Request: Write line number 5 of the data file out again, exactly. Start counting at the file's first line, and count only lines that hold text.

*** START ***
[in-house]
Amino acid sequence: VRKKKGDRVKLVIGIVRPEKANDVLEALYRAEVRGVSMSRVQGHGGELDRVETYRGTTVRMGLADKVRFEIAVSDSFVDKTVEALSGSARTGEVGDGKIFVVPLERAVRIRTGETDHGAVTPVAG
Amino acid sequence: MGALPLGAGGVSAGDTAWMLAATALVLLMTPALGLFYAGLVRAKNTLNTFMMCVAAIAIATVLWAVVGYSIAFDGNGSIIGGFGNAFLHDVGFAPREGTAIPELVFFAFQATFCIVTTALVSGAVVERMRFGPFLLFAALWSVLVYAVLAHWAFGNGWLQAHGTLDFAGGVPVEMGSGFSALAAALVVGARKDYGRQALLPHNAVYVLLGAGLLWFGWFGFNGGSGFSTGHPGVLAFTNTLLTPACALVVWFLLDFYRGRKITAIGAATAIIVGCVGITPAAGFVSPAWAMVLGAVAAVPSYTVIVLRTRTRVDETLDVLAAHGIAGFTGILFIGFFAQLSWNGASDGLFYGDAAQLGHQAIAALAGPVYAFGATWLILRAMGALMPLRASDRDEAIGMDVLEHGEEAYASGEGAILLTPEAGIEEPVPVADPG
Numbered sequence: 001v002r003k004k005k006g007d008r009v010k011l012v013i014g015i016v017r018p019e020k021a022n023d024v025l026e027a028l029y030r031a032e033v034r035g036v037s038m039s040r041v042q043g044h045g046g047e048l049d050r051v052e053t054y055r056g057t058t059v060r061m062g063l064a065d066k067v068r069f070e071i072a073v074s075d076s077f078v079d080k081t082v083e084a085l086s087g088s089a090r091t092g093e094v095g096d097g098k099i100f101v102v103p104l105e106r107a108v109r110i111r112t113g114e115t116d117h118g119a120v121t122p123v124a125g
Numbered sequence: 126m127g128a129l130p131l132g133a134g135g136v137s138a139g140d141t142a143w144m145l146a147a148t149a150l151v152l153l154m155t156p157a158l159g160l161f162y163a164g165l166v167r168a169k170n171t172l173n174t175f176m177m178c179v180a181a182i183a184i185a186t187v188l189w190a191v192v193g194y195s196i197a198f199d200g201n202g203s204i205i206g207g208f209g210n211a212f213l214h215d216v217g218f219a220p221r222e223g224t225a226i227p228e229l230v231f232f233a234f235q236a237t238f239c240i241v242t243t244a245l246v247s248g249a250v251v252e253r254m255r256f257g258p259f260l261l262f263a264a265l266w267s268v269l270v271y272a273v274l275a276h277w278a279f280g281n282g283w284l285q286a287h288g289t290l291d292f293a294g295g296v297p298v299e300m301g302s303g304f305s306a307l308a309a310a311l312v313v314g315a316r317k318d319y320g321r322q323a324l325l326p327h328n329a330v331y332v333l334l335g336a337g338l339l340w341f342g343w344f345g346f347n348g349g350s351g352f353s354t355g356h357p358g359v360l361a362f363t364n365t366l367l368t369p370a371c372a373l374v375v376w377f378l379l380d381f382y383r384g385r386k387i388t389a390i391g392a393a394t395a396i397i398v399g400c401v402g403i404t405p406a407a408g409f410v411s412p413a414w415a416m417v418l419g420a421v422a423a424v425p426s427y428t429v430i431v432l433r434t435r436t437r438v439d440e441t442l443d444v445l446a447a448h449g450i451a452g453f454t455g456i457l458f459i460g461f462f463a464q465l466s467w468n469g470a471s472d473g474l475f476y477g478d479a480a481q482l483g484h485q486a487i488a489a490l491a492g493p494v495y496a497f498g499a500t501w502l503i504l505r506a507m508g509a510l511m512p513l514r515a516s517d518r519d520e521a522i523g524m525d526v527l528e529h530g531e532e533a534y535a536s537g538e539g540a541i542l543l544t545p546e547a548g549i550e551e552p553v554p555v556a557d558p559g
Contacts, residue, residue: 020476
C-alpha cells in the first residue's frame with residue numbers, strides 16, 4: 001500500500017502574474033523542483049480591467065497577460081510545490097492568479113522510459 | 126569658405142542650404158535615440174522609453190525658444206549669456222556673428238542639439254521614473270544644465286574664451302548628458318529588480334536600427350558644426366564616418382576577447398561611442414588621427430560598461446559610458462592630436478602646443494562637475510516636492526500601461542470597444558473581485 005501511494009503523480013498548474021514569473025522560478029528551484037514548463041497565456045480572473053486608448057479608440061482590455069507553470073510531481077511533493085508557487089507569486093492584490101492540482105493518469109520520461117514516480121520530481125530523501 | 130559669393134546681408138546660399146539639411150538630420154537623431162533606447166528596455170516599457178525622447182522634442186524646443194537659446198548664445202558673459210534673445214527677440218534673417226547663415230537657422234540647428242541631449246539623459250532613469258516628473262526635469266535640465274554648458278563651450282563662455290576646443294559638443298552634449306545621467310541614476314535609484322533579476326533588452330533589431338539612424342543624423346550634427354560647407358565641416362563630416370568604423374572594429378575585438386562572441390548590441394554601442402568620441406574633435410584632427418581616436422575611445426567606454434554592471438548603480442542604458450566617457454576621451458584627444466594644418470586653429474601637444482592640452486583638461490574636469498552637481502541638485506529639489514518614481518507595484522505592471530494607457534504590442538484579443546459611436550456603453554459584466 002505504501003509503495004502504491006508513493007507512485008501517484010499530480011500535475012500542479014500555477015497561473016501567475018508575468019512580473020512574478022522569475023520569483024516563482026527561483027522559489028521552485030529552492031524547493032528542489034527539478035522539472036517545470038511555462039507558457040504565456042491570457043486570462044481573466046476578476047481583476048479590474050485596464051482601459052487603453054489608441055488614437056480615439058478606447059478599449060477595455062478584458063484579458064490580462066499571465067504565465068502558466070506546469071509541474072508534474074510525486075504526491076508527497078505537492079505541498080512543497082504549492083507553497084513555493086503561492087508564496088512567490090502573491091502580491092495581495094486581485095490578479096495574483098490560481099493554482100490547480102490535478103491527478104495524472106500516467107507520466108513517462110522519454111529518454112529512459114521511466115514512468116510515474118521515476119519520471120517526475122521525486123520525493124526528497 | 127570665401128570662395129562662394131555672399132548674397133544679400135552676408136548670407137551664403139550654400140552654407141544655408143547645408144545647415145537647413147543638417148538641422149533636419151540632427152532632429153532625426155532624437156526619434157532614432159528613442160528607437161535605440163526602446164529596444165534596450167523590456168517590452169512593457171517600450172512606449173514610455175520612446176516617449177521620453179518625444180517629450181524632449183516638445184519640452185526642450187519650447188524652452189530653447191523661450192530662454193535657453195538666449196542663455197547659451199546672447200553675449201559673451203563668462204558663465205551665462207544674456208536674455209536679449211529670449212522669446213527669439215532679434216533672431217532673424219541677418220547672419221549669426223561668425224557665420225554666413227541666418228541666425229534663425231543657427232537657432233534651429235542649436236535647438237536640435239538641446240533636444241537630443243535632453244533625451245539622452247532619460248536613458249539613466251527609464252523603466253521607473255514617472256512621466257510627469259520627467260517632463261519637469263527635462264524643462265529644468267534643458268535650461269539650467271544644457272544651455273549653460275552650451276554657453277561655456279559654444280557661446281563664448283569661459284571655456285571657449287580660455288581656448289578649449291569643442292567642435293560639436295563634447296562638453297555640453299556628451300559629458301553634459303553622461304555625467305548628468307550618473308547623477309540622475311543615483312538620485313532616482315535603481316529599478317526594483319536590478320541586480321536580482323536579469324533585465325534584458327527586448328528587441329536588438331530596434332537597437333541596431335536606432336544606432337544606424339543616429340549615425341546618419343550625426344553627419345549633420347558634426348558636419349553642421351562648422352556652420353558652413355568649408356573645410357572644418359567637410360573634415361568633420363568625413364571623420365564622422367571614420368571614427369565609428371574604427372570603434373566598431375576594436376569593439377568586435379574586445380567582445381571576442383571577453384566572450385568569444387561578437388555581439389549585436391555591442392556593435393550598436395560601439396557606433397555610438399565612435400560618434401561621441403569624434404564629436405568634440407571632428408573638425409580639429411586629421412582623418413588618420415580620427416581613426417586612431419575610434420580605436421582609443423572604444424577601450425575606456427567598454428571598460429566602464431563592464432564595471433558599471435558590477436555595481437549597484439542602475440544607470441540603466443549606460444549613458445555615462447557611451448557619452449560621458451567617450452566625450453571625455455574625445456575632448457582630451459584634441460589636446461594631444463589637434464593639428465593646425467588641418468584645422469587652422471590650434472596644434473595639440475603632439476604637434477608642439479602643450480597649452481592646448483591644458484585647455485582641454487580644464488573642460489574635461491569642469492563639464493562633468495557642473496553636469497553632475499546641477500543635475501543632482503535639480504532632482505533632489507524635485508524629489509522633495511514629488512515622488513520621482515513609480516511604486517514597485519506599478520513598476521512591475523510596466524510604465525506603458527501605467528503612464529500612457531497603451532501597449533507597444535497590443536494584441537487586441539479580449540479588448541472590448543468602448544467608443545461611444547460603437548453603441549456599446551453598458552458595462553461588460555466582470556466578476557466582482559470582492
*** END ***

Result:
Numbered sequence: 126m127g128a129l130p131l132g133a134g135g136v137s138a139g140d141t142a143w144m145l146a147a148t149a150l151v152l153l154m155t156p157a158l159g160l161f162y163a164g165l166v167r168a169k170n171t172l173n174t175f176m177m178c179v180a181a182i183a184i185a186t187v188l189w190a191v192v193g194y195s196i197a198f199d200g201n202g203s204i205i206g207g208f209g210n211a212f213l214h215d216v217g218f219a220p221r222e223g224t225a226i227p228e229l230v231f232f233a234f235q236a237t238f239c240i241v242t243t244a245l246v247s248g249a250v251v252e253r254m255r256f257g258p259f260l261l262f263a264a265l266w267s268v269l270v271y272a273v274l275a276h277w278a279f280g281n282g283w284l285q286a287h288g289t290l291d292f293a294g295g296v297p298v299e300m301g302s303g304f305s306a307l308a309a310a311l312v313v314g315a316r317k318d319y320g321r322q323a324l325l326p327h328n329a330v331y332v333l334l335g336a337g338l339l340w341f342g343w344f345g346f347n348g349g350s351g352f353s354t355g356h357p358g359v360l361a362f363t364n365t366l367l368t369p370a371c372a373l374v375v376w377f378l379l380d381f382y383r384g385r386k387i388t389a390i391g392a393a394t395a396i397i398v399g400c401v402g403i404t405p406a407a408g409f410v411s412p413a414w415a416m417v418l419g420a421v422a423a424v425p426s427y428t429v430i431v432l433r434t435r436t437r438v439d440e441t442l443d444v445l446a447a448h449g450i451a452g453f454t455g456i457l458f459i460g461f462f463a464q465l466s467w468n469g470a471s472d473g474l475f476y477g478d479a480a481q482l483g484h485q486a487i488a489a490l491a492g493p494v495y496a497f498g499a500t501w502l503i504l505r506a507m508g509a510l511m512p513l514r515a516s517d518r519d520e521a522i523g524m525d526v527l528e529h530g531e532e533a534y535a536s537g538e539g540a541i542l543l544t545p546e547a548g549i550e551e552p553v554p555v556a557d558p559g